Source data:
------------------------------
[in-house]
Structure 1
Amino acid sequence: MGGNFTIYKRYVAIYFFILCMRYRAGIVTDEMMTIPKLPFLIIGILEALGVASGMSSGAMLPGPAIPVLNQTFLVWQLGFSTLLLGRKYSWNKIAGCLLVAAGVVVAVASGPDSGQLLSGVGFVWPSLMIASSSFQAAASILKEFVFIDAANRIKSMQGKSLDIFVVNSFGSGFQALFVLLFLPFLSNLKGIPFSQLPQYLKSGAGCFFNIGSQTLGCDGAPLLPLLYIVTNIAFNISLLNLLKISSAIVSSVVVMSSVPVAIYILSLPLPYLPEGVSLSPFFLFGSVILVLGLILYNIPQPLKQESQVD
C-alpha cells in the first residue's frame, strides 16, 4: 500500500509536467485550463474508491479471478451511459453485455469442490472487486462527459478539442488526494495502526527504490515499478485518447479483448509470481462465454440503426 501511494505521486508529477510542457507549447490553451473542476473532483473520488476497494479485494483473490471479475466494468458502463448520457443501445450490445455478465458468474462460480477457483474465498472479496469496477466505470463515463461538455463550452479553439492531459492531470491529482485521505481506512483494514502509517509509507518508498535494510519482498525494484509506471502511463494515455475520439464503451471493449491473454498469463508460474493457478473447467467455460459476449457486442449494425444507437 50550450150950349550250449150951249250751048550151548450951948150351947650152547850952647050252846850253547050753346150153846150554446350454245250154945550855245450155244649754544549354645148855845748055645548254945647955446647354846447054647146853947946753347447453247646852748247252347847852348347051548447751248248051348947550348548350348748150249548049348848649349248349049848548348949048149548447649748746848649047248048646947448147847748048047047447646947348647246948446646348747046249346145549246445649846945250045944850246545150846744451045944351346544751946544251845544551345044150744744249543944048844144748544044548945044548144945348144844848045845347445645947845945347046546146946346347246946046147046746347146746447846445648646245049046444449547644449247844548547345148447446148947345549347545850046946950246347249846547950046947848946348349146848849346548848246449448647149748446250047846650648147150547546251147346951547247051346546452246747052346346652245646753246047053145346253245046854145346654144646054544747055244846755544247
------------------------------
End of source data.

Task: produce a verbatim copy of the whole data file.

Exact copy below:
[in-house]
Structure 1
Amino acid sequence: MGGNFTIYKRYVAIYFFILCMRYRAGIVTDEMMTIPKLPFLIIGILEALGVASGMSSGAMLPGPAIPVLNQTFLVWQLGFSTLLLGRKYSWNKIAGCLLVAAGVVVAVASGPDSGQLLSGVGFVWPSLMIASSSFQAAASILKEFVFIDAANRIKSMQGKSLDIFVVNSFGSGFQALFVLLFLPFLSNLKGIPFSQLPQYLKSGAGCFFNIGSQTLGCDGAPLLPLLYIVTNIAFNISLLNLLKISSAIVSSVVVMSSVPVAIYILSLPLPYLPEGVSLSPFFLFGSVILVLGLILYNIPQPLKQESQVD
C-alpha cells in the first residue's frame, strides 16, 4: 500500500509536467485550463474508491479471478451511459453485455469442490472487486462527459478539442488526494495502526527504490515499478485518447479483448509470481462465454440503426 501511494505521486508529477510542457507549447490553451473542476473532483473520488476497494479485494483473490471479475466494468458502463448520457443501445450490445455478465458468474462460480477457483474465498472479496469496477466505470463515463461538455463550452479553439492531459492531470491529482485521505481506512483494514502509517509509507518508498535494510519482498525494484509506471502511463494515455475520439464503451471493449491473454498469463508460474493457478473447467467455460459476449457486442449494425444507437 50550450150950349550250449150951249250751048550151548450951948150351947650152547850952647050252846850253547050753346150153846150554446350454245250154945550855245450155244649754544549354645148855845748055645548254945647955446647354846447054647146853947946753347447453247646852748247252347847852348347051548447751248248051348947550348548350348748150249548049348848649349248349049848548348949048149548447649748746848649047248048646947448147847748048047047447646947348647246948446646348747046249346145549246445649846945250045944850246545150846744451045944351346544751946544251845544551345044150744744249543944048844144748544044548945044548144945348144844848045845347445645947845945347046546146946346347246946046147046746347146746447846445648646245049046444449547644449247844548547345148447446148947345549347545850046946950246347249846547950046947848946348349146848849346548848246449448647149748446250047846650648147150547546251147346951547247051346546452246747052346346652245646753246047053145346253245046854145346654144646054544747055244846755544247